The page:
A weekly analysis in the Field of every contest of any interest, with sketches of a lighter character descriptive of the play in Society and other weekly papers, kept up the public interest, so that the Victoria Hall was well attended with spectators to the very close of the struggle, and the Committee were amply rewarded for their enterprise in securing that noble room for the Tournament, the greater portion of the rent being paid by the receipts from the public.

As soon as morning play ceased in the Vizayanagaram Tournament the Director of Play took advantage of the holiday given for the Derby Day to utilize the space thus afforded by erecting platforms with raised rows of seats from which the view of any particular game could be obtained by a large number of spectators without crowding round the ropes, and on the occasion of the second contest between Zukertort and Steinitz the advantage of the new arrangement was clearly exhibited, when upwards of one hundred spectators wore enabled to watch every move of the important game in which all their interests were absorbed.

The course of the event

It would be useless and wearisome to go through all the incidents of the struggle. On the opening day, Zukertort, by his brilliant victory over Chigorin, showed that he was in form, and satisfied his friends that if his health, which had oven rendered doubtful his participation in the Tournament, were not to break down, he would take his own part in the struggle for the championship.

The double defeat of his great rival Steinitz early in the contest, through his venturesome adoption of his own opening (in which he had been successful on the first day against Winawer), and refusal to accept the draw, which in that opening can apparently be forced by the defence within ten moves, was the most notable incident, and added greatly to Zukertort's chances of ultimate success.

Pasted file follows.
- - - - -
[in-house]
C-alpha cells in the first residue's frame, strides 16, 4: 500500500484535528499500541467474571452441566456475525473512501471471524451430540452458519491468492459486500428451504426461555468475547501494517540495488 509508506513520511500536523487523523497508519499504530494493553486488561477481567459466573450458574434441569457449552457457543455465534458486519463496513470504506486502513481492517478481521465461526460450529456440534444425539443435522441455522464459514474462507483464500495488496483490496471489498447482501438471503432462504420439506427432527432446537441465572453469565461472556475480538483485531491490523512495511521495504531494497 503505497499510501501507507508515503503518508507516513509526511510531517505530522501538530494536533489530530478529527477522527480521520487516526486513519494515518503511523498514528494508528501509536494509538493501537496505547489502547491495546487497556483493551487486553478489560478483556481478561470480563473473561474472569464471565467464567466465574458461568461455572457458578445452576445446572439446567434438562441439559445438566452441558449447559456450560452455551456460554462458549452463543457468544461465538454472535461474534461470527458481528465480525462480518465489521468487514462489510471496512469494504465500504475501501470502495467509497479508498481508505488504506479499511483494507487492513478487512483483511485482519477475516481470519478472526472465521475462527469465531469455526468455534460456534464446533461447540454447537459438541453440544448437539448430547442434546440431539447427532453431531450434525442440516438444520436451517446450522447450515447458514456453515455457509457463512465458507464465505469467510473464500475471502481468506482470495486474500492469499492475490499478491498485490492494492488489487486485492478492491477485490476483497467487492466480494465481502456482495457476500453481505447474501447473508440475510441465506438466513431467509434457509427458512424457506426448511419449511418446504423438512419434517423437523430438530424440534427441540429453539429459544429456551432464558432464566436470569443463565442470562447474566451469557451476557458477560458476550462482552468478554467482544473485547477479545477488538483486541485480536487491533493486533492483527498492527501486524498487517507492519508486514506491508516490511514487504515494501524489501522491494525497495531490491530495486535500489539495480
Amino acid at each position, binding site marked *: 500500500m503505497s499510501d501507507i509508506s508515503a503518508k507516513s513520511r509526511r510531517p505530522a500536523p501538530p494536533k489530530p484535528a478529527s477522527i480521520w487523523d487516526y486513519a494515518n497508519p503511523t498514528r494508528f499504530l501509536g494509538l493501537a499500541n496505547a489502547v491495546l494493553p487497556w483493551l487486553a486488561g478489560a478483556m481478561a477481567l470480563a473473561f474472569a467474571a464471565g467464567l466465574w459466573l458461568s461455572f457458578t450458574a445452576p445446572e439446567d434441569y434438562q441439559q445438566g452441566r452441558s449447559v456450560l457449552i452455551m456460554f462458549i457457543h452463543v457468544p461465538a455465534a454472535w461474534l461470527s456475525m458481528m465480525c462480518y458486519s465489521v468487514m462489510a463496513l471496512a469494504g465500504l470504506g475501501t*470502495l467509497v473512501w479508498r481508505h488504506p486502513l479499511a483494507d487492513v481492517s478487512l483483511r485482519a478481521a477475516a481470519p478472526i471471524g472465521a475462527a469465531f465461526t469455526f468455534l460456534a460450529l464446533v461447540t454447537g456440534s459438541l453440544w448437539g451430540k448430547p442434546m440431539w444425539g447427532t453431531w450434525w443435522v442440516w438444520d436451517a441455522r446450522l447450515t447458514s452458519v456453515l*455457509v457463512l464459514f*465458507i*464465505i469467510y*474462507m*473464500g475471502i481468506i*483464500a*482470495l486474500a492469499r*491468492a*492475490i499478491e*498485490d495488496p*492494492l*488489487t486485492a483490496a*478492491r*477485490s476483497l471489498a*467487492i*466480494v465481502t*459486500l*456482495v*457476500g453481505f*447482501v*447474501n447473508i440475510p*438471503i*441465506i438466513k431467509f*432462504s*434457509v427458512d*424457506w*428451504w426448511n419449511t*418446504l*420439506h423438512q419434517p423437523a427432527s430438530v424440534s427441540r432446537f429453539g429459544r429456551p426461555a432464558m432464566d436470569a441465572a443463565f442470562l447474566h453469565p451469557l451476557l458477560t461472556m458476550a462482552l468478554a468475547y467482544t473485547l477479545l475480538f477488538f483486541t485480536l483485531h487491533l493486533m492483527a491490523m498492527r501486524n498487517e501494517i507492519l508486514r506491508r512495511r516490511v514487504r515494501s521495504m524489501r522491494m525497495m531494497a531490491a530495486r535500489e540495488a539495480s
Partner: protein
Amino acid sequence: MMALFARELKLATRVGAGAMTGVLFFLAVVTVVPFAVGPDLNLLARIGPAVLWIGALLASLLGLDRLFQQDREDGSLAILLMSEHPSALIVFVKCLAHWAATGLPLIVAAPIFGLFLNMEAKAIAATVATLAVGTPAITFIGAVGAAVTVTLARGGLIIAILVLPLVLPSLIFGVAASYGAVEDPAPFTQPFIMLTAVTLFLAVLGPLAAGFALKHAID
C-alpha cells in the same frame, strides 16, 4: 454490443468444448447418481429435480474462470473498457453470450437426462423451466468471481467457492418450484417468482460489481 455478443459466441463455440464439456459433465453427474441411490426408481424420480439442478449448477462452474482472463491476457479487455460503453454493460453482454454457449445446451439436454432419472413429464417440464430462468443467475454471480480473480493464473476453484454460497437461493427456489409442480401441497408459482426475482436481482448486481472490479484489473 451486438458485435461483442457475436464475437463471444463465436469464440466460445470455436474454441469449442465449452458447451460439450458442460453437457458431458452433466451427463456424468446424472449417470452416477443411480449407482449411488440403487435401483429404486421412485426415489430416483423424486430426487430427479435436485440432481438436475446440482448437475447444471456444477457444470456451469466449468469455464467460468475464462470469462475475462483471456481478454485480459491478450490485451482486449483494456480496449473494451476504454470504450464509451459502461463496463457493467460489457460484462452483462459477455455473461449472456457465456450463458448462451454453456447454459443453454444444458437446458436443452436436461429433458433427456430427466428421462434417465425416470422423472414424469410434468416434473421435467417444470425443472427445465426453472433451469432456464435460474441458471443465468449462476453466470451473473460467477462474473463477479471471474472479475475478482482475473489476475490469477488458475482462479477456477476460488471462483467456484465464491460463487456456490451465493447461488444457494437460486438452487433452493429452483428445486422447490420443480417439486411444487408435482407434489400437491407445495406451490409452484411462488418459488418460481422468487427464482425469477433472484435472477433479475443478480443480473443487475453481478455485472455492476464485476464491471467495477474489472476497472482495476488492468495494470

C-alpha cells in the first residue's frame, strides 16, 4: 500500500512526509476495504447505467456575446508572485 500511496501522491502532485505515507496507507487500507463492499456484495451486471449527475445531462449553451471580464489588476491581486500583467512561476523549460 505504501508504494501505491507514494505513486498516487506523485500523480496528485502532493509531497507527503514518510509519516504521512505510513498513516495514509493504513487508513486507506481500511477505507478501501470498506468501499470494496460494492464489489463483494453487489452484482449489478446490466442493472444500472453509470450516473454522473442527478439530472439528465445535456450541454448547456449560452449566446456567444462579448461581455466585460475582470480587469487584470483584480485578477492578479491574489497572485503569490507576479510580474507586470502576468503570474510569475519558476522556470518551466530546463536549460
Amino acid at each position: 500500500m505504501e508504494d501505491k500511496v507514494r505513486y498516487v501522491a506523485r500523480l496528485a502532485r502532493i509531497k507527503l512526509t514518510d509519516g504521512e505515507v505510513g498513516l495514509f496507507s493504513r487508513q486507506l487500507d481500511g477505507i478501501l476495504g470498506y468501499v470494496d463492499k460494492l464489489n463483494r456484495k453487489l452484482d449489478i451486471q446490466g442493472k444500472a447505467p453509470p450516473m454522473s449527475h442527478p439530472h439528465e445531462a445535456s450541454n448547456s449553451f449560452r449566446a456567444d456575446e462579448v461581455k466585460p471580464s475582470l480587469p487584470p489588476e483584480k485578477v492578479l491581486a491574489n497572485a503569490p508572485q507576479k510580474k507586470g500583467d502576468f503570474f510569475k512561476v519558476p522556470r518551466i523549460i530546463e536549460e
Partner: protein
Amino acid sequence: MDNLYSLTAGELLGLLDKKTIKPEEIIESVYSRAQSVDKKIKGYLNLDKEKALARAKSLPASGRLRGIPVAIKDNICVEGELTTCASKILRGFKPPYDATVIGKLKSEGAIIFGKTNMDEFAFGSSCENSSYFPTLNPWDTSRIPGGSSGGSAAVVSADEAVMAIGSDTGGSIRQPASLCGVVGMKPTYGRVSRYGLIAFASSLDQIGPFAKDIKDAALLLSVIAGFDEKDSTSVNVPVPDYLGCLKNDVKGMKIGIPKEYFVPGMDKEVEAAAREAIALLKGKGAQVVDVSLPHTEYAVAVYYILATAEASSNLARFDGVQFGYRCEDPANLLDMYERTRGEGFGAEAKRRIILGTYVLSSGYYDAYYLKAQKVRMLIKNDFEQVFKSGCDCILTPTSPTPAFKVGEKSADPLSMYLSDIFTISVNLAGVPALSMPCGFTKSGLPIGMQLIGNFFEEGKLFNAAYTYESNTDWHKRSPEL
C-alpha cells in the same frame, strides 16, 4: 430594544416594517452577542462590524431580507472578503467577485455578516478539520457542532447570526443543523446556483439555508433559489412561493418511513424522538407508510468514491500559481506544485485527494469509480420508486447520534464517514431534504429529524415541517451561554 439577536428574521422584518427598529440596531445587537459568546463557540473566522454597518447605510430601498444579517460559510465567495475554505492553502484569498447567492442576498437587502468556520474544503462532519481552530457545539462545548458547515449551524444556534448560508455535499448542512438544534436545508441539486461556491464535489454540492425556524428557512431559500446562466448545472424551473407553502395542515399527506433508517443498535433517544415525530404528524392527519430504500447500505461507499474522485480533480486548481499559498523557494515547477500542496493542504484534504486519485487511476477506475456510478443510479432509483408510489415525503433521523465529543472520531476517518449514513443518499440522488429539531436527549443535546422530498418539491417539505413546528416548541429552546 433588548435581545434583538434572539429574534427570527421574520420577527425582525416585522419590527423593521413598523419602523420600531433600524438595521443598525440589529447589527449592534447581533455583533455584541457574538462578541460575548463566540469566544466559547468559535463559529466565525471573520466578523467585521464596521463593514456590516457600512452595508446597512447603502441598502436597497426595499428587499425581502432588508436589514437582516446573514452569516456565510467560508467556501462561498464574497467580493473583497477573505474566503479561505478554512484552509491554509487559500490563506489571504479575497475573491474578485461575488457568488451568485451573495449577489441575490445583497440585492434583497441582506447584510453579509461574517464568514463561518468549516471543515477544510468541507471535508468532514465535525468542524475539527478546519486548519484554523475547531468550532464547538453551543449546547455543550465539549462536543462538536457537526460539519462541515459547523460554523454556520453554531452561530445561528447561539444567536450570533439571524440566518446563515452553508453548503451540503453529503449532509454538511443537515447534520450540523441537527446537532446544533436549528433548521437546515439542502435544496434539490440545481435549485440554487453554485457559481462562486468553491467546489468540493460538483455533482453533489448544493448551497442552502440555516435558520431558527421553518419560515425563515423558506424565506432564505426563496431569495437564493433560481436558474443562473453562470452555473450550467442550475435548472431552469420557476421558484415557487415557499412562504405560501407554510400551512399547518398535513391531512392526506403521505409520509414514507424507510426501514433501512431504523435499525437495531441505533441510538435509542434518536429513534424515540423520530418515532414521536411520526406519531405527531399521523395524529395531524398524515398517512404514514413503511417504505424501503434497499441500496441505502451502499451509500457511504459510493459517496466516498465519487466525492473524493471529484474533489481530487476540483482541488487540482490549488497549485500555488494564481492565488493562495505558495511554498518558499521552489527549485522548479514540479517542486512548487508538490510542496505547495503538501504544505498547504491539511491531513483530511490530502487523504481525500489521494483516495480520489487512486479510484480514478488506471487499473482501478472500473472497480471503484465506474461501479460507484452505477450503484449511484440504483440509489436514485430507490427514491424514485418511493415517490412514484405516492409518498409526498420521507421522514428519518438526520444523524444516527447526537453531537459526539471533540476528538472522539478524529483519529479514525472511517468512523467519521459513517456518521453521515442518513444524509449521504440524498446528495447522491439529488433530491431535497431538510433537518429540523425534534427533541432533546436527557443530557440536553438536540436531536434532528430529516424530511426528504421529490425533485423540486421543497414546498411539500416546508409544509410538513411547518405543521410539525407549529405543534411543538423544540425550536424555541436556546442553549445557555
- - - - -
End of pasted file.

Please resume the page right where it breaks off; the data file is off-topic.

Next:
At the close of the first round, Zukertort, who, had lost only one game, and that by a palpable blunder, to Steinitz, had taken so commanding a lead, amounting to 2½ games, or five points, over Mason, who was then second, that except in the case of an utter collapse, which in his state of health was always possible, the destination of the first prize seemed almost certain. The contest for the second prize would evidently be most close, as Mason stood with a score of 9½; Steinitz and Tehigorin, 9; Blackburne, 8½, and Bird and Winawer, 7 each.

Up to this point Steinitz had certainly not played up to his best form: he was indebted to good fortune for his success over Zukertort. He had been defeated twice by inferior players owing, to his adoption of an opening which he had henceforward to discard; he had lost one game to Blackburne by unquestionably weak play, and another to Rosenthal in which, though by no means disgraced, he had certainly been outplayed by his antagonist. Such was, however, the general confidence in his Chess genius and staying, power that few doubted that he would secure the second place, or the first one should Zukertort's victorious career be stopped by that unhappy breakdown in his health and nerves of which all his friends were fearful.